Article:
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NCIB – What Is A Normal Course Issuer Bid?

NCIB – What Is a Normal Course Issuer Bid?

NCIBNCIB – Normal Course Issuer Scheme is a stock buyback program in Canada where a publicly-traded firm repurchases its shares to cancel them.  The term NCIB is an acronym for normal course issuer bid. Depending on how the transaction is carried out, a corporation may buy back between 5% and 10% of its shares. The issuer progressively repurchases the shares over a period of time, such as a year. This repurchasing approach allows the corporation to buy only when the price of its stock is favorable.

In most cases, a corporation will launch an NCIB normal-course issuer bid because it believes its publicly traded stock is cheap. Repurchasing shares reduces the number of shares available for purchase in the market. The approach raises demand while decreasing supply, resulting in higher stock prices.

NCIB – A Closer Look

Before proceeding with a repurchase, public firms in Canada must file a Notice of Intention to Make an NCIB.  This filing is made to the stock exchanges on which the firm is listed to obtain their approval. The amount of shares that the business can repurchase in a single day is limited. Another sort of approved issuer bid involves a corporation repurchasing a certain number of shares from its owners at a predetermined date and price. When a business repurchases all of its outstanding shares in this manner it is called going private.  As a result, the shares can no longer be publicly traded and the firm is delisted from that exchange.

NCIB – Steps to Make a Normal Course Issuer Bid

Notice of Intention

A Notice of Intention is required for every publicly traded firm to execute a normal course issuer bid.  This is in accordance with Section 6 of the policy. The number of shares to be acquired must be specified by the board of directors. Nonetheless, if the corporation does not intend to purchase stocks at this time, the Notice of Intention does not need to be filed. If the company fails to meet the ongoing listing standards, the exchange will reject the Notice of Intention. It applies even after the issuer has completed all of the acquisitions outlined in the notice. An NCIB cannot extend for more than one year beyond the commencement date.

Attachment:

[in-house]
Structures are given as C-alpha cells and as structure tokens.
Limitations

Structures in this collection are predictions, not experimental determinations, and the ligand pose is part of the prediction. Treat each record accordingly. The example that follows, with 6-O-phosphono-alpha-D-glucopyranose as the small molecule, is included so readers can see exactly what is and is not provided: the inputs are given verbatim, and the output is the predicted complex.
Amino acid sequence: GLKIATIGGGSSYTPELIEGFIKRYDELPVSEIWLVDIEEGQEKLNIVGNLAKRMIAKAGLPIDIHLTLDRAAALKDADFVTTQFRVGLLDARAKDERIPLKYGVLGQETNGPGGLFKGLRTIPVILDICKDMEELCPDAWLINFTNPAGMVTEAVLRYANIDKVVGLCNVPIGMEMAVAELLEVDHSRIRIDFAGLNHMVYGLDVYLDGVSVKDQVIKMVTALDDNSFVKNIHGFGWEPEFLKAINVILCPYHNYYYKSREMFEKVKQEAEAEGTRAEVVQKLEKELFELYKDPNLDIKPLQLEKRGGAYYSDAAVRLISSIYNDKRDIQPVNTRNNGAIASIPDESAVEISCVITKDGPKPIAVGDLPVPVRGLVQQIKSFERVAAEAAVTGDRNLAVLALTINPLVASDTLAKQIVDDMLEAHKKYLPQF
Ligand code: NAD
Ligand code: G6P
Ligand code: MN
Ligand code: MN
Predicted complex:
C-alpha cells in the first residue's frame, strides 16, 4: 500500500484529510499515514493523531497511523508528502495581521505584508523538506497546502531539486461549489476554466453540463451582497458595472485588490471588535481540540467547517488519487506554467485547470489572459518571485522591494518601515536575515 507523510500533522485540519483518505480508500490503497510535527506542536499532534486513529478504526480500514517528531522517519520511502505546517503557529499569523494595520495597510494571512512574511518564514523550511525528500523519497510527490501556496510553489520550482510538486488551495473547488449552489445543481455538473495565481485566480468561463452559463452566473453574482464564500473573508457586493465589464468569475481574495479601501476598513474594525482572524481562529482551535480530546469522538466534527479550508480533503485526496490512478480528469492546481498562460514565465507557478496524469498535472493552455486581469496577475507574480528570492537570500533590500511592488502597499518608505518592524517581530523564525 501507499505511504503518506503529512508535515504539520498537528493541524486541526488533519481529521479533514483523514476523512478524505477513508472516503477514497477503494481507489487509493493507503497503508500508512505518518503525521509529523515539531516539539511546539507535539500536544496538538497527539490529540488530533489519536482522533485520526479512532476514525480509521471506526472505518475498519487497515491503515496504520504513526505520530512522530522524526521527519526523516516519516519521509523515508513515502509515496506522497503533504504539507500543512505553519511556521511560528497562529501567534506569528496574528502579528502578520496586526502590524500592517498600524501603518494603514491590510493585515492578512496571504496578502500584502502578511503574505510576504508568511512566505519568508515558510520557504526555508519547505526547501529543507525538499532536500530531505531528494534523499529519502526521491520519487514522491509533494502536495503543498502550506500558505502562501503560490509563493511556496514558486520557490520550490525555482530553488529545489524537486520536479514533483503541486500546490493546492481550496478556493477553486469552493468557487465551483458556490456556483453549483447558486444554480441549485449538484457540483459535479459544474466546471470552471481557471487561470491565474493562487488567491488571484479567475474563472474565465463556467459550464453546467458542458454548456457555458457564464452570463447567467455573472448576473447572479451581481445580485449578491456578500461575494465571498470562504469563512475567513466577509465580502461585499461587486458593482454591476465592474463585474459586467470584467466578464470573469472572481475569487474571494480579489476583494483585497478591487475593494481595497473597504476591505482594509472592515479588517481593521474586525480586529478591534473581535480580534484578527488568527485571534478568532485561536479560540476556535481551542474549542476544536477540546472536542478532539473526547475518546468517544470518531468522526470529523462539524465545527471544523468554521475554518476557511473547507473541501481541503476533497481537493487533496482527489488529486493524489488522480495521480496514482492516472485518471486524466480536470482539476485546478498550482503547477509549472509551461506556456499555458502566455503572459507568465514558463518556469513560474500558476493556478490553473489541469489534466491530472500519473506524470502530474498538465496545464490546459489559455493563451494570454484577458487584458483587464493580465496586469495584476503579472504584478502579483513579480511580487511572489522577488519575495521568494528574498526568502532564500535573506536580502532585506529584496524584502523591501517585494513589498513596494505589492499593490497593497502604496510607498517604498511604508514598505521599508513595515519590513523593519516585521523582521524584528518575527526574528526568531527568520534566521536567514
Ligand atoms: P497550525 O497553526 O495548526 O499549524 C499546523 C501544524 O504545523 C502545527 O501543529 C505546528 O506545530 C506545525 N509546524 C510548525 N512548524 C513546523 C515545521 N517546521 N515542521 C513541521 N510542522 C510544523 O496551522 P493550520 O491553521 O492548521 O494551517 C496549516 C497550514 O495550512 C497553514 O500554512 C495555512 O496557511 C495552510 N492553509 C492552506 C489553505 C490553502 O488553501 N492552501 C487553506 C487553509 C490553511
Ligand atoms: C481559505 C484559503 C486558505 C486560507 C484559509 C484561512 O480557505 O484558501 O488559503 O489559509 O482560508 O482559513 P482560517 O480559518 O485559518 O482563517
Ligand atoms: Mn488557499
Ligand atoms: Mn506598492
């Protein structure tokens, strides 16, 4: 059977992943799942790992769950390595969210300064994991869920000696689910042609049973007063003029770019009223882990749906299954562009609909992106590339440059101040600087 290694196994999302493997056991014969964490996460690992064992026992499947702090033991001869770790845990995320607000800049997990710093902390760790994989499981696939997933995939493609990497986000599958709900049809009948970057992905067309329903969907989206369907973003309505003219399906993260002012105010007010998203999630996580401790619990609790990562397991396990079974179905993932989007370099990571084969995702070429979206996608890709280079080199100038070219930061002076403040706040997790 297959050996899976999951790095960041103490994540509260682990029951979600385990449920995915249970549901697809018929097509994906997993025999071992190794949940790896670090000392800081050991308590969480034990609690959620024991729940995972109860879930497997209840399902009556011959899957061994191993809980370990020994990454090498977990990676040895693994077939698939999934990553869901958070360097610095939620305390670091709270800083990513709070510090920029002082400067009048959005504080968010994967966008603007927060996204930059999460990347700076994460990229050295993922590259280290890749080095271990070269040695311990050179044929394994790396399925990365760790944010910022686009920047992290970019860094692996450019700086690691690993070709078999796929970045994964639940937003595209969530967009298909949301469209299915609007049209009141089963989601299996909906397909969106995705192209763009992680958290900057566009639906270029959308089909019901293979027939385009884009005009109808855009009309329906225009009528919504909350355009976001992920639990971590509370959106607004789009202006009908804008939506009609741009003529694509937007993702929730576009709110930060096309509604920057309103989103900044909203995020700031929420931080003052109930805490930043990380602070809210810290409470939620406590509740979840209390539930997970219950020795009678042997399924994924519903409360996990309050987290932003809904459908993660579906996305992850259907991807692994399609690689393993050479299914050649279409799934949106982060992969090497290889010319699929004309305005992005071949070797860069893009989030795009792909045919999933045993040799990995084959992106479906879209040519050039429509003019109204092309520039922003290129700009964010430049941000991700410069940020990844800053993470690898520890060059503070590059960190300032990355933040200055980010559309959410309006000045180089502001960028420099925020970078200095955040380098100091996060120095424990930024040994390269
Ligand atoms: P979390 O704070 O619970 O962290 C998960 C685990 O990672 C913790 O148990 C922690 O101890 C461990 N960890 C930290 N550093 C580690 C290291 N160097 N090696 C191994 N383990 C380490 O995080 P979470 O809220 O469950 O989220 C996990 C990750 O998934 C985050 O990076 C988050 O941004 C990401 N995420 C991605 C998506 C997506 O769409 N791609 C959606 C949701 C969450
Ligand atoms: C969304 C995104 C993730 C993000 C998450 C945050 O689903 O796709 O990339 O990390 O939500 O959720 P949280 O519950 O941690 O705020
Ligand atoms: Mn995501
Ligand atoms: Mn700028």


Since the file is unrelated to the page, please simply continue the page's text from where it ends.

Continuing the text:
Press Release

The next stage in making the bid is to issue a press release.  This announces the company’s intention to make a normal course issuer bid. The contents of the news release should include a synopsis of the notice’s material components. For example, the identity of the person carrying out the bid on behalf of the company, the prior purchase, the rationale for the bid, and the percentage of the outstanding and number of stock sought are some of the main parts of the release. If the news release is delayed, the issuer is required to submit a draft to the exchange.  This is followed by a news release as soon as the notice is approved by the exchange.

Disclosure

The company’s next report must provide a summary of the notice’s material information. The disclosure must be mailed to shareholders and include instructions on how to receive a free copy. Following that, the purchase will begin three days after all documentation is delivered. The exchange is required to issue an exchange circular reporting the bid after accepting the Notice of Intention.

Amendment

The publishing of the exchange circular is followed by an amendment.  At this point, the firm can revise its notice to raise the number of shares to be purchased.  Nevertheless, the total must remain within the policy’s required number of shares. The overall stock ownership can be altered if the normal course issuer bid is large enough. For example, the company might reclaim a controlling interest in its stock ownership.  This would prevent outside parties from disputing the firm’s ownership and decisions.

Ways an NCIB Can Be Used